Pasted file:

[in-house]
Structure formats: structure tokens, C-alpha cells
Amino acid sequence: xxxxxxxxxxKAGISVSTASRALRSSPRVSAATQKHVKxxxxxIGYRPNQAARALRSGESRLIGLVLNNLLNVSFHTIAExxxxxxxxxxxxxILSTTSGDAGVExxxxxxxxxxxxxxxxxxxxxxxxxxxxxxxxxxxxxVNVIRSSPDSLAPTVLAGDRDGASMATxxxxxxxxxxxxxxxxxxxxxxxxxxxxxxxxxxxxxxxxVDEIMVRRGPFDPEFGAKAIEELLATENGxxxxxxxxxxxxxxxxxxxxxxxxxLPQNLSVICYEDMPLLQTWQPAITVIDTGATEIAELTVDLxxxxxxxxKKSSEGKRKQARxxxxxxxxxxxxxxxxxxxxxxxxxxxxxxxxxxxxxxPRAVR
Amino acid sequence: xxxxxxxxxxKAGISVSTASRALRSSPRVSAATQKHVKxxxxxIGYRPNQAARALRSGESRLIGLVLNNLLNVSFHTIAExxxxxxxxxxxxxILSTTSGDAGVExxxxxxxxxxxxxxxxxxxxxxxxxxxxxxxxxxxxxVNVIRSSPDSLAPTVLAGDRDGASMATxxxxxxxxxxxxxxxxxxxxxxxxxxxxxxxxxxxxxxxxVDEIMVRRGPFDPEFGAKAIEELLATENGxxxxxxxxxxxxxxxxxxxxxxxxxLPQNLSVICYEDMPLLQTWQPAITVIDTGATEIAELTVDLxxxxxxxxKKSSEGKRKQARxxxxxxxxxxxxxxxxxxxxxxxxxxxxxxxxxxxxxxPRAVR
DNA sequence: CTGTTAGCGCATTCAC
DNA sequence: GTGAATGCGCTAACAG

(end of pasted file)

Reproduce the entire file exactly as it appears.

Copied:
[in-house]
Structure formats: structure tokens, C-alpha cells
Amino acid sequence: xxxxxxxxxxKAGISVSTASRALRSSPRVSAATQKHVKxxxxxIGYRPNQAARALRSGESRLIGLVLNNLLNVSFHTIAExxxxxxxxxxxxxILSTTSGDAGVExxxxxxxxxxxxxxxxxxxxxxxxxxxxxxxxxxxxxVNVIRSSPDSLAPTVLAGDRDGASMATxxxxxxxxxxxxxxxxxxxxxxxxxxxxxxxxxxxxxxxxVDEIMVRRGPFDPEFGAKAIEELLATENGxxxxxxxxxxxxxxxxxxxxxxxxxLPQNLSVICYEDMPLLQTWQPAITVIDTGATEIAELTVDLxxxxxxxxKKSSEGKRKQARxxxxxxxxxxxxxxxxxxxxxxxxxxxxxxxxxxxxxxPRAVR
Amino acid sequence: xxxxxxxxxxKAGISVSTASRALRSSPRVSAATQKHVKxxxxxIGYRPNQAARALRSGESRLIGLVLNNLLNVSFHTIAExxxxxxxxxxxxxILSTTSGDAGVExxxxxxxxxxxxxxxxxxxxxxxxxxxxxxxxxxxxxVNVIRSSPDSLAPTVLAGDRDGASMATxxxxxxxxxxxxxxxxxxxxxxxxxxxxxxxxxxxxxxxxVDEIMVRRGPFDPEFGAKAIEELLATENGxxxxxxxxxxxxxxxxxxxxxxxxxLPQNLSVICYEDMPLLQTWQPAITVIDTGATEIAELTVDLxxxxxxxxKKSSEGKRKQARxxxxxxxxxxxxxxxxxxxxxxxxxxxxxxxxxxxxxxPRAVR
DNA sequence: CTGTTAGCGCATTCAC
DNA sequence: GTGAATGCGCTAACAG